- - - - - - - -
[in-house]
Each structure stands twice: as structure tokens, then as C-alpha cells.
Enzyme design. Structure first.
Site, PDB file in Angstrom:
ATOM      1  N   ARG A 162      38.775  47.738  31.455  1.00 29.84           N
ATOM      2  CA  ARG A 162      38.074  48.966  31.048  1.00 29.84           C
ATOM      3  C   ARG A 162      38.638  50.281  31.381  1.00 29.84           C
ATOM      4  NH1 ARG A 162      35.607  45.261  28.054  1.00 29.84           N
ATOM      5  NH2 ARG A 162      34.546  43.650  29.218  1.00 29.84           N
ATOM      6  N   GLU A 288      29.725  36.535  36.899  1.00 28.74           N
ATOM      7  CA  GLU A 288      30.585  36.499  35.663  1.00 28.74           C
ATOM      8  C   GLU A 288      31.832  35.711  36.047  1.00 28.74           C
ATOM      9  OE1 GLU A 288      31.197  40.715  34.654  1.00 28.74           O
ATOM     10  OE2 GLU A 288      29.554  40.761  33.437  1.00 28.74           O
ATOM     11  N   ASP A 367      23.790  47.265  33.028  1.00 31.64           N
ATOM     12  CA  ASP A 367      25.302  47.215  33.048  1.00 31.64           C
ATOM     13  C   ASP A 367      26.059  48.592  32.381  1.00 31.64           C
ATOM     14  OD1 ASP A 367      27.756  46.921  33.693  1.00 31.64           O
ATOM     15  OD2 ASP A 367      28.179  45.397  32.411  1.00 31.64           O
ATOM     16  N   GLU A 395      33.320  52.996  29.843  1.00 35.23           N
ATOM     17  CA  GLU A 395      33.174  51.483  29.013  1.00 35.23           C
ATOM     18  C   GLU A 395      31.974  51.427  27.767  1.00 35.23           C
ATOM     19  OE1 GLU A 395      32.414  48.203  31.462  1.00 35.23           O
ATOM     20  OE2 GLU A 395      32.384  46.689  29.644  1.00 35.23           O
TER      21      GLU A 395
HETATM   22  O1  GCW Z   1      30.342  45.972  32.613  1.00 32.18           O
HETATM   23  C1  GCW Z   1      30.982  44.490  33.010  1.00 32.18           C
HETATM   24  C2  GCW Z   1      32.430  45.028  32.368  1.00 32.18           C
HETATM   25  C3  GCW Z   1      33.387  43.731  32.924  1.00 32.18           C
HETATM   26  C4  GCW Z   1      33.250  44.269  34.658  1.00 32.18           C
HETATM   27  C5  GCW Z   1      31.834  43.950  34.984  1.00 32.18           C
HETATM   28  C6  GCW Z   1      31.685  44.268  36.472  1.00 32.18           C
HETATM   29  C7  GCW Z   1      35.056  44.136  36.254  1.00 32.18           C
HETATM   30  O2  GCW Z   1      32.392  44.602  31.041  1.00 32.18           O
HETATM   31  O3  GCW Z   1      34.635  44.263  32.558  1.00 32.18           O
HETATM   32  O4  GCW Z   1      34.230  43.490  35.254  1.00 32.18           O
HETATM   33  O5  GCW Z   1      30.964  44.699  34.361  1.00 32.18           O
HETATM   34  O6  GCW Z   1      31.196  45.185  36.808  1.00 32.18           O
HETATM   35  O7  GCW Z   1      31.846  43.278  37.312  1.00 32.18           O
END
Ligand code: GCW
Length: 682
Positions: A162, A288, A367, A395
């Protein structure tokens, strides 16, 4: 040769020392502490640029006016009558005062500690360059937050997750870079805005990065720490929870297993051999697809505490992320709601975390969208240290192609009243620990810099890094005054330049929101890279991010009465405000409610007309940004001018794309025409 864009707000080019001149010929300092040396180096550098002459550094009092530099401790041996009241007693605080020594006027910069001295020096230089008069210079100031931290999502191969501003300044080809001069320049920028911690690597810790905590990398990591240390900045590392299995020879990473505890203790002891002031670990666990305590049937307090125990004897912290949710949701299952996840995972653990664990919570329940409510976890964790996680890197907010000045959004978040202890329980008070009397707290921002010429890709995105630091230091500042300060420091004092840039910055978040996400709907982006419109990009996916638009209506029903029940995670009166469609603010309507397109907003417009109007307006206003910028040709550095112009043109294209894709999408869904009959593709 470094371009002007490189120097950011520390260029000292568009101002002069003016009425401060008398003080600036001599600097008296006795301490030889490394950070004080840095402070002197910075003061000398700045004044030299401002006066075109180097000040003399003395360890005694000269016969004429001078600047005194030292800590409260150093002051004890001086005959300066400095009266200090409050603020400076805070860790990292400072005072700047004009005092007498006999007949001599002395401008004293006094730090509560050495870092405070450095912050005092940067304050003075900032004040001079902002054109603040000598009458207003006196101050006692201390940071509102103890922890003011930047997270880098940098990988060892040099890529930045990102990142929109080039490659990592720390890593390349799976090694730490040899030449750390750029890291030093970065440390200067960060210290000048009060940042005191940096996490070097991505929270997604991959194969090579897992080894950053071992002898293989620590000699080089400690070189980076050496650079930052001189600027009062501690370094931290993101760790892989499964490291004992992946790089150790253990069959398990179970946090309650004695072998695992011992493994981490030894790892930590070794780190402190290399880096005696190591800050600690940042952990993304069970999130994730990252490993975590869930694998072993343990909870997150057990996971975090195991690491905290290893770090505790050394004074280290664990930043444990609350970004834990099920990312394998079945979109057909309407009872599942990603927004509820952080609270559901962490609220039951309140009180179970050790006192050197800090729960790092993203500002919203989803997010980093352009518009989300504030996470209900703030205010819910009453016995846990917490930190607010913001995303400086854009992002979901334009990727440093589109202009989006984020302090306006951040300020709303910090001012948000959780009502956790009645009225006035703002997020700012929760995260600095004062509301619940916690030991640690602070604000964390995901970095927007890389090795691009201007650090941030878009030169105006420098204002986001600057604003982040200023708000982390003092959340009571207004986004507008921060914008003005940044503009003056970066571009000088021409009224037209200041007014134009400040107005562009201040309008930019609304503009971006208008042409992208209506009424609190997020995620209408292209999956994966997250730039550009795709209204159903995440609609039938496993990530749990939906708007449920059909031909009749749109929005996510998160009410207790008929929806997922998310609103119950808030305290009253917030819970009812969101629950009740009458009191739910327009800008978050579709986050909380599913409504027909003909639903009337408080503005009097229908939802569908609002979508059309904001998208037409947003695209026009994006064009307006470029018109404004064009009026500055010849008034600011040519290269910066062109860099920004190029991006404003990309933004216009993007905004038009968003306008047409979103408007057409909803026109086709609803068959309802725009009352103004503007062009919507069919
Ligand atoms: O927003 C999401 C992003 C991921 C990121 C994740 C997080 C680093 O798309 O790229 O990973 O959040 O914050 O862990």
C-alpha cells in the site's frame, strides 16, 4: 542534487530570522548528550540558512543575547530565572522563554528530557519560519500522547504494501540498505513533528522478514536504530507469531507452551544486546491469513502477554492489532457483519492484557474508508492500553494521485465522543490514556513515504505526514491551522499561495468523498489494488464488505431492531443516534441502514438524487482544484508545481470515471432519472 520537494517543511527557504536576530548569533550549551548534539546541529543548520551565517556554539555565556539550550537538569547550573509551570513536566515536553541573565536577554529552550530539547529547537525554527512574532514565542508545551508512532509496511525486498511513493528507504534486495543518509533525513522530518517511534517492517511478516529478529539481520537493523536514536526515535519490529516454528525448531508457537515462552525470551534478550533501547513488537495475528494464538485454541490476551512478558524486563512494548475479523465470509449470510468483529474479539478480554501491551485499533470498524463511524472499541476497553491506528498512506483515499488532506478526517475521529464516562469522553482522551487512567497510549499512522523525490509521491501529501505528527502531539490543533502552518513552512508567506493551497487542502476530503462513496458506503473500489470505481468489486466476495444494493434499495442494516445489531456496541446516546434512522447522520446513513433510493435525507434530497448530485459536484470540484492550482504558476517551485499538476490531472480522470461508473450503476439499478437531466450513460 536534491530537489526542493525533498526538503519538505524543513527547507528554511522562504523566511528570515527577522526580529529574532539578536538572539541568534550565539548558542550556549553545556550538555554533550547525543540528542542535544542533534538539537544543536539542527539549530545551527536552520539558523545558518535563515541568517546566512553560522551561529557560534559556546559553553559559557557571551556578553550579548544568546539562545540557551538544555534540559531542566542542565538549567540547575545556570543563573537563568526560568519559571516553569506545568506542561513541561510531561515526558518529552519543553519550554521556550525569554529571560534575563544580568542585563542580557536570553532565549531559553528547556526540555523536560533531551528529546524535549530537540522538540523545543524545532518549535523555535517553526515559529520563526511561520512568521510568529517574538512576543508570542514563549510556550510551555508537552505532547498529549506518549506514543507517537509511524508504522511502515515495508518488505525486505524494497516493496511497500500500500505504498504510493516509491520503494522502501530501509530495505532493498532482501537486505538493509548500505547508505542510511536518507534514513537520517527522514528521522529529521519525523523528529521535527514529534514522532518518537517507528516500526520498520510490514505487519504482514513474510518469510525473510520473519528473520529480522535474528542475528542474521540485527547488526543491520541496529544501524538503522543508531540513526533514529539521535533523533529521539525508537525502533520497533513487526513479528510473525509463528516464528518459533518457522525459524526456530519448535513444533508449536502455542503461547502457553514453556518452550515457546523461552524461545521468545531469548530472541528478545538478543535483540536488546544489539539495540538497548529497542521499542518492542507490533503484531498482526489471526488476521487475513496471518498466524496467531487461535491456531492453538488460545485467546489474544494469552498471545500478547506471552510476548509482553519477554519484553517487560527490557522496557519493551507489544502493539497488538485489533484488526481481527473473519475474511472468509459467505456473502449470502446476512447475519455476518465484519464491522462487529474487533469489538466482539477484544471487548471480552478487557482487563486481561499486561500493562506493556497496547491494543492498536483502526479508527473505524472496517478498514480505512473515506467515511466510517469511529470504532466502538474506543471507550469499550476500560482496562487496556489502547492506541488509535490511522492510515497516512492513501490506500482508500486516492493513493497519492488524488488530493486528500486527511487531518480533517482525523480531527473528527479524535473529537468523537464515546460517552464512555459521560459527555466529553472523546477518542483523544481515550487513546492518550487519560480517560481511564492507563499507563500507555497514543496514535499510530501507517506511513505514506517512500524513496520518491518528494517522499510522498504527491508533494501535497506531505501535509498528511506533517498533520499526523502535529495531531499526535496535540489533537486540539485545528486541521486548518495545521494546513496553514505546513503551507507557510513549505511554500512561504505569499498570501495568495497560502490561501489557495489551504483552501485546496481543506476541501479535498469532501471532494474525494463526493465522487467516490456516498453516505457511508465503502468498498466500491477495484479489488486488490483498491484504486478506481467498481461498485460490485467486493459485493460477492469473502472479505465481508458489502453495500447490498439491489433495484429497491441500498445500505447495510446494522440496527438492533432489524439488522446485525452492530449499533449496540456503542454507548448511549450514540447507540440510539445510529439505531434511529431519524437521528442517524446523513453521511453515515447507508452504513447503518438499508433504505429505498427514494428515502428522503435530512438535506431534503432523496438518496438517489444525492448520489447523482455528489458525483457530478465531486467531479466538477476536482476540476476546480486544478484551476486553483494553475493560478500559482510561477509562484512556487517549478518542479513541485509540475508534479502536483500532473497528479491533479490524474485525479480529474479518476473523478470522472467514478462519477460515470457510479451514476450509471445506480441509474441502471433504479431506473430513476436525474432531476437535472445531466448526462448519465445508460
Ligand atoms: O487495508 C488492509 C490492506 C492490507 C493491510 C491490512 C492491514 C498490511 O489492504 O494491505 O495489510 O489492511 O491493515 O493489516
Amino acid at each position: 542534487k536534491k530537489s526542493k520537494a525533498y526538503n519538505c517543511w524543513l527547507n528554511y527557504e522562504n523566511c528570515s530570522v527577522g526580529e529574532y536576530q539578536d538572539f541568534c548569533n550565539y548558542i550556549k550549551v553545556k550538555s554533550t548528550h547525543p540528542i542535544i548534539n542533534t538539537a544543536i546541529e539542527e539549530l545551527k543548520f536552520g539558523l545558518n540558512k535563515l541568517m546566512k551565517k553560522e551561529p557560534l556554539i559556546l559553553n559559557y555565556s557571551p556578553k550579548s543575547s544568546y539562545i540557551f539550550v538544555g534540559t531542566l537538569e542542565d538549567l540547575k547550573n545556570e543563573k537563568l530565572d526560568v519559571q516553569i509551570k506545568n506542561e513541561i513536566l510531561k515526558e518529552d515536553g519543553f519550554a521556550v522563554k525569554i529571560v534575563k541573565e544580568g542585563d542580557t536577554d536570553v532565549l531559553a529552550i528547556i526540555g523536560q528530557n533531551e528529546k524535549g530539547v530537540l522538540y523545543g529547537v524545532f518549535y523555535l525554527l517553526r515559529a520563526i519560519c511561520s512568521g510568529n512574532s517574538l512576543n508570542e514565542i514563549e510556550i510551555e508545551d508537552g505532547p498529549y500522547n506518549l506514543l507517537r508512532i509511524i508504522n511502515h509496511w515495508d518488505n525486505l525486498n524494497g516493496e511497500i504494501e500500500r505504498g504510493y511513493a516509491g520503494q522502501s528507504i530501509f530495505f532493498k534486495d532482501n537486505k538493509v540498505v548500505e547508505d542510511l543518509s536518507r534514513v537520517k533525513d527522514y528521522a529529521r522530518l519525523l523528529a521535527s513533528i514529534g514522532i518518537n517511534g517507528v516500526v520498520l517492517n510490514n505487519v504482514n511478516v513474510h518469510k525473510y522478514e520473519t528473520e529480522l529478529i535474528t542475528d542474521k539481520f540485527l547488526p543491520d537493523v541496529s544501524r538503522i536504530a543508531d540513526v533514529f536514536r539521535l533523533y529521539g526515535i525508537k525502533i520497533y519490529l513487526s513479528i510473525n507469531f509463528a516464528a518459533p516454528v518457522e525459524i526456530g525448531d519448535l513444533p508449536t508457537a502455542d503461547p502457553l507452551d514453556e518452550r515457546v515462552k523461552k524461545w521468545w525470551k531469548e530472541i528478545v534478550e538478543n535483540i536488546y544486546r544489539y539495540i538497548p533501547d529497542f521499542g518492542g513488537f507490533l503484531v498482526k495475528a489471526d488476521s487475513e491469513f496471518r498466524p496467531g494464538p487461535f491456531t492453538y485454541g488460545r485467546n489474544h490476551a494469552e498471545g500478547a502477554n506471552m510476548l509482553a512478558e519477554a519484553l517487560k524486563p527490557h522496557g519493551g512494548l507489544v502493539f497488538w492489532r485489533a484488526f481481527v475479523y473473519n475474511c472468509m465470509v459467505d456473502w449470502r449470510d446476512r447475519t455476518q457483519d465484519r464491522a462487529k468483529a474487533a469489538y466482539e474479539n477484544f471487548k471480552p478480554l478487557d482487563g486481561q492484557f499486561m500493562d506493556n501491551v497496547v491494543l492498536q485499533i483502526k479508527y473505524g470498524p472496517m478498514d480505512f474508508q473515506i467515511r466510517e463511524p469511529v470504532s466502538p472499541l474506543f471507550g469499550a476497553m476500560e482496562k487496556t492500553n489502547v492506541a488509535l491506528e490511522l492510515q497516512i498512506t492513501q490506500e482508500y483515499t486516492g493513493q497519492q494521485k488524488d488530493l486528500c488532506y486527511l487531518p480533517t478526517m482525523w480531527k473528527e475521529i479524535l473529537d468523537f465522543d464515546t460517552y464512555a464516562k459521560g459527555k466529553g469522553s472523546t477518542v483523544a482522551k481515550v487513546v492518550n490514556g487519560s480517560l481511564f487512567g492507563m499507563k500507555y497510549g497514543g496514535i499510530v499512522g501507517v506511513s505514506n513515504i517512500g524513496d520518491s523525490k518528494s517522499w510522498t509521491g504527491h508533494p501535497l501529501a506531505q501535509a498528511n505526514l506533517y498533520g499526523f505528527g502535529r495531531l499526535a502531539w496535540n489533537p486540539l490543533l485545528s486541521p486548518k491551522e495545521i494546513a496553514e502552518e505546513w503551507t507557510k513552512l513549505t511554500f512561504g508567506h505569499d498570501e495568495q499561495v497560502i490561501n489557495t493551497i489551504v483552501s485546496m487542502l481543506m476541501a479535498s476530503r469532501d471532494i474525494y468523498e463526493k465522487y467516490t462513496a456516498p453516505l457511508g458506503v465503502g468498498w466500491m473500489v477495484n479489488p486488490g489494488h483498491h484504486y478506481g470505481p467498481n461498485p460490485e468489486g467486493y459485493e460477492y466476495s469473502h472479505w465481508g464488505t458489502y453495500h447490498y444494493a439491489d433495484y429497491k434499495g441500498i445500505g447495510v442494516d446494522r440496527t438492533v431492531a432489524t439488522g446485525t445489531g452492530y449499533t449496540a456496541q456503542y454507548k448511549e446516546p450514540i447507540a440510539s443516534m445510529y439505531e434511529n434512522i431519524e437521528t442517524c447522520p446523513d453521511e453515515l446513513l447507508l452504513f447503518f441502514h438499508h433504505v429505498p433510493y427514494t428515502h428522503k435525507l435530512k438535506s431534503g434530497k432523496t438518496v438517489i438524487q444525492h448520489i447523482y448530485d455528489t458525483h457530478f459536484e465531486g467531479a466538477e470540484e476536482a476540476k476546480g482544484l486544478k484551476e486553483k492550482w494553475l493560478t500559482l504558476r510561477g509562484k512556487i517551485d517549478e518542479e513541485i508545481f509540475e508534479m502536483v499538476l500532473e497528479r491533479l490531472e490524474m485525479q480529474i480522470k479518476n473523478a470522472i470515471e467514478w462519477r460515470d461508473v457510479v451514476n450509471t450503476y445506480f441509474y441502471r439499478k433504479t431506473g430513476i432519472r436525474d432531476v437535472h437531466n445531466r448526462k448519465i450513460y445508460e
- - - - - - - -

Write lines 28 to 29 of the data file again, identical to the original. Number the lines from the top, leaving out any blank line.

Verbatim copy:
HETATM   24  C2  GCW Z   1      32.430  45.028  32.368  1.00 32.18           C
HETATM   25  C3  GCW Z   1      33.387  43.731  32.924  1.00 32.18           C